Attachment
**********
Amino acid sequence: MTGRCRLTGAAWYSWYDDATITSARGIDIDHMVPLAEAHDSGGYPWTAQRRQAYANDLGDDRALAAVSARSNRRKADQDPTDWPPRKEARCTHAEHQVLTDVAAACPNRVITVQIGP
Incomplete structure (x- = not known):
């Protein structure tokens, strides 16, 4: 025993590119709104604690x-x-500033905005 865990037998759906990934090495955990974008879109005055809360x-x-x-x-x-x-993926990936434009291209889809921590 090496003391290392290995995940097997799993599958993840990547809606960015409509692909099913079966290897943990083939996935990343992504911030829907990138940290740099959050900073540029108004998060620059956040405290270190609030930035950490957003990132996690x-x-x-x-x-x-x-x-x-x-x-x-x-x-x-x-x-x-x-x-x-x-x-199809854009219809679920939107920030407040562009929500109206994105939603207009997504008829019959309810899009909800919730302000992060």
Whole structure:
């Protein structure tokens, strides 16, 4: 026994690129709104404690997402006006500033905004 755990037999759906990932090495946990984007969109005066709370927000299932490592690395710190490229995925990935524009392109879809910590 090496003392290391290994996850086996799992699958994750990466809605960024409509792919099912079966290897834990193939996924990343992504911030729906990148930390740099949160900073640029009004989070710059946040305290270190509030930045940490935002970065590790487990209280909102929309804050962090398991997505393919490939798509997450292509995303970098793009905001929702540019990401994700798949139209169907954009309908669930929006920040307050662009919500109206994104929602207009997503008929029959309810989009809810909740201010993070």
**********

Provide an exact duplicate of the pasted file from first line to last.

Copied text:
Amino acid sequence: MTGRCRLTGAAWYSWYDDATITSARGIDIDHMVPLAEAHDSGGYPWTAQRRQAYANDLGDDRALAAVSARSNRRKADQDPTDWPPRKEARCTHAEHQVLTDVAAACPNRVITVQIGP
Incomplete structure (x- = not known):
């Protein structure tokens, strides 16, 4: 025993590119709104604690x-x-500033905005 865990037998759906990934090495955990974008879109005055809360x-x-x-x-x-x-993926990936434009291209889809921590 090496003391290392290995995940097997799993599958993840990547809606960015409509692909099913079966290897943990083939996935990343992504911030829907990138940290740099959050900073540029108004998060620059956040405290270190609030930035950490957003990132996690x-x-x-x-x-x-x-x-x-x-x-x-x-x-x-x-x-x-x-x-x-x-x-199809854009219809679920939107920030407040562009929500109206994105939603207009997504008829019959309810899009909800919730302000992060």
Whole structure:
């Protein structure tokens, strides 16, 4: 026994690129709104404690997402006006500033905004 755990037999759906990932090495946990984007969109005066709370927000299932490592690395710190490229995925990935524009392109879809910590 090496003392290391290994996850086996799992699958994750990466809605960024409509792919099912079966290897834990193939996924990343992504911030729906990148930390740099949160900073640029009004989070710059946040305290270190509030930045940490935002970065590790487990209280909102929309804050962090398991997505393919490939798509997450292509995303970098793009905001929702540019990401994700798949139209169907954009309908669930929006920040307050662009919500109206994104929602207009997503008929029959309810989009809810909740201010993070």